- Climb With People Better Than You – When climbing with people more experienced, you will be able to learn from them and they will push you future than you through you could go
- Have Fun! – Don’t get too serious when you are indoor bouldering. It’s meant to be fun. So take a step back if you get frustrated, and they to remind yourself to have fun!
Like with any new sport or hobby, there is several new words that you should learn, so you know what everyone is talking about. Here are the critical terms for indoor bouldering.
- Hold: The place to put your hand or foot to help you climb the boulder.
- Traverse: To move laterally across the boulder
- Flash: Climbing a route on the first attempt without any prior knowledge
- Bucket: A large hold, which the entire hand can grasp
- Crimp: A small edge that is held by wrapping the thumb over the index finger and pulling with the fingertips
- Pinch: Ahold squeezed between the thumb and fingers for grip
- Dynamic Move: A move in which the climber jumps or swiftly moves from one hole to the next.
- Heel hook: A move in which the climber uses the heel to grip and pull the body toward the rock
- Pocket: A hold that consists of a small hole for 1 or 2 fingers
- Match: The move in which the climber places both hand or feet on the same hold
- Mantel: A move in which the climber uses their knee or shin to push oneself up to the next hold
Sample Costs for Indoor Climbing/Bouldering
In most cases, the membership fee or session entry fee is the only cost for those looking to do indoor bouldering or climbing.
Every location is a little different, but most offer classes for beginners and free climbing day passes for experienced climbers. Many gyms also have discounts for students, minors, and if you purchase monthly or yearly passes.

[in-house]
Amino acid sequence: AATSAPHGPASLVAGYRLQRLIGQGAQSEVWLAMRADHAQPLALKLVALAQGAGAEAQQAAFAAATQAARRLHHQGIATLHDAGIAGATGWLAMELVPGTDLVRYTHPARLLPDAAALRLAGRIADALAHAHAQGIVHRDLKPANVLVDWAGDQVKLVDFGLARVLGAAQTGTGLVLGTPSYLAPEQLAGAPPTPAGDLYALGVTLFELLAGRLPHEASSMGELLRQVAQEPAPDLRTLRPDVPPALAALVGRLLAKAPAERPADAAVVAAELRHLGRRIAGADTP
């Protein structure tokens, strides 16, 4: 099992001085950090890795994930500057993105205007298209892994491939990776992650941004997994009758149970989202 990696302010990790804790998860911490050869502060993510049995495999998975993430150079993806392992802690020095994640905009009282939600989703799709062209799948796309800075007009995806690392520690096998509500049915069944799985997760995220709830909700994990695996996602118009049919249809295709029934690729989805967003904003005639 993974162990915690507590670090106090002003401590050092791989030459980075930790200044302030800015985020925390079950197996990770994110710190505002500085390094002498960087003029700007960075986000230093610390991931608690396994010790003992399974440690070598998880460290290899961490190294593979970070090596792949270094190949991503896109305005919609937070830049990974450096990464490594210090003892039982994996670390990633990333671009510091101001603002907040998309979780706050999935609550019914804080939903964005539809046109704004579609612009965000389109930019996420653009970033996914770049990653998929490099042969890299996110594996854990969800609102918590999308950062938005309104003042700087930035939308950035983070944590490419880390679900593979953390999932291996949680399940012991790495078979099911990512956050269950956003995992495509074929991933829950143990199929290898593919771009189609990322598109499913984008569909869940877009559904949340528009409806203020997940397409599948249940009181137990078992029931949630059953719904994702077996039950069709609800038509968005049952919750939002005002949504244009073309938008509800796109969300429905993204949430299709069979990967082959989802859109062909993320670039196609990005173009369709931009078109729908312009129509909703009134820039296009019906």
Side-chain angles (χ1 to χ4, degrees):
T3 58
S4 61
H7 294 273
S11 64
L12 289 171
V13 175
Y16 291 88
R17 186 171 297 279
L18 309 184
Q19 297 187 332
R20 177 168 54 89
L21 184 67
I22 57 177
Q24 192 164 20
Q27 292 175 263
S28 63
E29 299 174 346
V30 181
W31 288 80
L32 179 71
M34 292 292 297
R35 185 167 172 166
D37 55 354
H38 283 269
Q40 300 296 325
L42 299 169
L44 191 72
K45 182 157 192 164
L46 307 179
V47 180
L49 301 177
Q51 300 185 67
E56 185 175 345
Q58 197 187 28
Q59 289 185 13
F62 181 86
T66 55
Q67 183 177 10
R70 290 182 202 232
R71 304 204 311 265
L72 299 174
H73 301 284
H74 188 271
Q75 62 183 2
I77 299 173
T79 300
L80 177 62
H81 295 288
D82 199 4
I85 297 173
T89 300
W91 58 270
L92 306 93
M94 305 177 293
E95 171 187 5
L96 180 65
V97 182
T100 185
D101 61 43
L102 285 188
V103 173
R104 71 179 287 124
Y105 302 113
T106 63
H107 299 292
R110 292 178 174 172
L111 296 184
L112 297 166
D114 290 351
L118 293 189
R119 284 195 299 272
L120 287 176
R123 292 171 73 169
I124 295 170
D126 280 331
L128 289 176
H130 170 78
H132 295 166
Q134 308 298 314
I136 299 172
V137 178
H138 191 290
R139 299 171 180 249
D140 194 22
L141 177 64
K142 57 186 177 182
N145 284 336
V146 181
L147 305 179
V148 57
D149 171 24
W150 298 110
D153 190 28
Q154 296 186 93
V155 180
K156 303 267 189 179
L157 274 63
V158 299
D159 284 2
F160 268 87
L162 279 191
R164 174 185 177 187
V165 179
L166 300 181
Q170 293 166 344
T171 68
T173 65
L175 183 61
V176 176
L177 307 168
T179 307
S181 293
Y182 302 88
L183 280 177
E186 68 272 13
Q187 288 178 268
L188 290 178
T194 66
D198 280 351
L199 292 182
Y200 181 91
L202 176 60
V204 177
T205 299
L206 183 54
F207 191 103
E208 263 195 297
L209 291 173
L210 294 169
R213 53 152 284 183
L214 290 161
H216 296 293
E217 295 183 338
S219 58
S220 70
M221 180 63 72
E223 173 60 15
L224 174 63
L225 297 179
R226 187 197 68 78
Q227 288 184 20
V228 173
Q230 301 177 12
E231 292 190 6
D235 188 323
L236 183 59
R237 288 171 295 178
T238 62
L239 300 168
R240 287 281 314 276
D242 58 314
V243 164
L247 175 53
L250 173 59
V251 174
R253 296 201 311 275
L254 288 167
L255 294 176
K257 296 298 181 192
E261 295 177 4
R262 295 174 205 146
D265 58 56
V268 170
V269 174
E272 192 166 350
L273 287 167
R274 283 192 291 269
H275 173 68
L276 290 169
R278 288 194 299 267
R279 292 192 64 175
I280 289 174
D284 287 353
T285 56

Average Indoor Bouldering Gym Fees
- Day Pass – $10 to $25
- Monthly Fee – $65 to $80 per month
As previously mentioned, the two other costs would be for climbing shoes ($70 – $150 depending on the style) and chalk ($10 – $15).
Other Alternatives for Indoor Bouldering
Indoor Climbing – This is similar to indoor boulder, where the climber goes to the gym, pays an entry fee, and only needs to supply their climbing shoes. The gym provides the other climbing equipment that a user would need. Instead of climbing a boulder size wall, the climbing walls are much higher, and you need a rope and harness for safety.
Outdoor Boulding – Also similar to indoor bouldering, but the climber is doing it on outside bounders or rock faces. You don’t go high enough to need a rope and harness, but supplying your crash pad is necessary for safety.
Outdoor Rock Climbing– Rock climbing is the most intensive alternative. There are several different types of rock climbing, but in general, they all need safety equipment that is more than just a crash pad. If you are a beginner, it is recommended that you only rock climb with an experienced climber.
Indoor Bouldering Summary
Bouldering indoor is the best option for beginners that are learning to climb but also great for experienced climbers that are looking to practice different situations. It’s a low cost, but high-intensity activity for all levels